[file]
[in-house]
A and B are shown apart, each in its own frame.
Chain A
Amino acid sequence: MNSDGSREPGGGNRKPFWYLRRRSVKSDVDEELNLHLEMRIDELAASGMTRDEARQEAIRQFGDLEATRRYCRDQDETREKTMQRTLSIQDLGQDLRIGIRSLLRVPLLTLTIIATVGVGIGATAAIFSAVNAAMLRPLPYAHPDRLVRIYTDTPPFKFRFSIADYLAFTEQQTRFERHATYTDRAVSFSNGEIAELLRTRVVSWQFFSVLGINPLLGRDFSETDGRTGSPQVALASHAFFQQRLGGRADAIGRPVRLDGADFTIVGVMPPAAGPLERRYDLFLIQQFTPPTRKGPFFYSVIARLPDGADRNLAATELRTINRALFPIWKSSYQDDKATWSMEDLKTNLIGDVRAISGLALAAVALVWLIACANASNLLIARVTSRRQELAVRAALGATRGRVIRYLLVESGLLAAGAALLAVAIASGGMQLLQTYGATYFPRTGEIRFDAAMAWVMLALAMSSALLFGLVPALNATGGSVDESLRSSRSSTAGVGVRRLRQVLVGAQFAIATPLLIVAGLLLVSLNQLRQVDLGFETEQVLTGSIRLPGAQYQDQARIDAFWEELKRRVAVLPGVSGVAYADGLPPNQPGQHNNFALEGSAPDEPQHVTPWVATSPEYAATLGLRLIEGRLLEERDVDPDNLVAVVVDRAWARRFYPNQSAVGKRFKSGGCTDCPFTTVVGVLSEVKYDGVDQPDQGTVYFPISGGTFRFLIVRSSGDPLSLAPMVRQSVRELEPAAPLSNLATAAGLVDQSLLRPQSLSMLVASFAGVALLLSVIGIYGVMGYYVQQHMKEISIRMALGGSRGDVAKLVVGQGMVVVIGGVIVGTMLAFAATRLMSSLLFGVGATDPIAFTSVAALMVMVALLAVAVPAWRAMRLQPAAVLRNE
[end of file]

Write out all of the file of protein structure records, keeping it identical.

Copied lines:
[in-house]
A and B are shown apart, each in its own frame.
Chain A
Amino acid sequence: MNSDGSREPGGGNRKPFWYLRRRSVKSDVDEELNLHLEMRIDELAASGMTRDEARQEAIRQFGDLEATRRYCRDQDETREKTMQRTLSIQDLGQDLRIGIRSLLRVPLLTLTIIATVGVGIGATAAIFSAVNAAMLRPLPYAHPDRLVRIYTDTPPFKFRFSIADYLAFTEQQTRFERHATYTDRAVSFSNGEIAELLRTRVVSWQFFSVLGINPLLGRDFSETDGRTGSPQVALASHAFFQQRLGGRADAIGRPVRLDGADFTIVGVMPPAAGPLERRYDLFLIQQFTPPTRKGPFFYSVIARLPDGADRNLAATELRTINRALFPIWKSSYQDDKATWSMEDLKTNLIGDVRAISGLALAAVALVWLIACANASNLLIARVTSRRQELAVRAALGATRGRVIRYLLVESGLLAAGAALLAVAIASGGMQLLQTYGATYFPRTGEIRFDAAMAWVMLALAMSSALLFGLVPALNATGGSVDESLRSSRSSTAGVGVRRLRQVLVGAQFAIATPLLIVAGLLLVSLNQLRQVDLGFETEQVLTGSIRLPGAQYQDQARIDAFWEELKRRVAVLPGVSGVAYADGLPPNQPGQHNNFALEGSAPDEPQHVTPWVATSPEYAATLGLRLIEGRLLEERDVDPDNLVAVVVDRAWARRFYPNQSAVGKRFKSGGCTDCPFTTVVGVLSEVKYDGVDQPDQGTVYFPISGGTFRFLIVRSSGDPLSLAPMVRQSVRELEPAAPLSNLATAAGLVDQSLLRPQSLSMLVASFAGVALLLSVIGIYGVMGYYVQQHMKEISIRMALGGSRGDVAKLVVGQGMVVVIGGVIVGTMLAFAATRLMSSLLFGVGATDPIAFTSVAALMVMVALLAVAVPAWRAMRLQPAAVLRNE